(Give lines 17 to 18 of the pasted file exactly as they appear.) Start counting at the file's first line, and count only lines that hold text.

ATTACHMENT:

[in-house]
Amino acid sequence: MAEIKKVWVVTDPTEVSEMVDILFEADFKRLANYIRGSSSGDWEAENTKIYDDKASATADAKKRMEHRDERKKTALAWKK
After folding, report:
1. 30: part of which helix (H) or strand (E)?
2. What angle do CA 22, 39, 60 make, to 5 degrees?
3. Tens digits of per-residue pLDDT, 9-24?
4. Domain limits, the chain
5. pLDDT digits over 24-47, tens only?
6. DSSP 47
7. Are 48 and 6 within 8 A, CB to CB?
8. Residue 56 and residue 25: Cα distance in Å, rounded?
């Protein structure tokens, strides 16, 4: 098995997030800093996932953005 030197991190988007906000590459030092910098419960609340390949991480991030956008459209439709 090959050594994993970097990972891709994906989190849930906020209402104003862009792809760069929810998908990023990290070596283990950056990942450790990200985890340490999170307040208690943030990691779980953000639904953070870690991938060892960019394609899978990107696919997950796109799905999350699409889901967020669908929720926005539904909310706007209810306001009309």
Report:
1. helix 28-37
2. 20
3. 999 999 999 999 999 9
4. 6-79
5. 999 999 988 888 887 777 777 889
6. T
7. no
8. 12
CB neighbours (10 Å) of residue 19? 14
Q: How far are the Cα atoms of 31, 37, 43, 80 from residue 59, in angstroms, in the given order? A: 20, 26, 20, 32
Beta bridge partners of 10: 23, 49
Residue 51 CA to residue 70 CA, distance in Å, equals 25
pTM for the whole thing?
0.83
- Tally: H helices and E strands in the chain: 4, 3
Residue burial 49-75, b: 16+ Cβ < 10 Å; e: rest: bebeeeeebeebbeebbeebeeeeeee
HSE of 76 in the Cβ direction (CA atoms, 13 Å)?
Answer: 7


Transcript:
4. 6-79
5. 999 999 988 888 887 777 777 889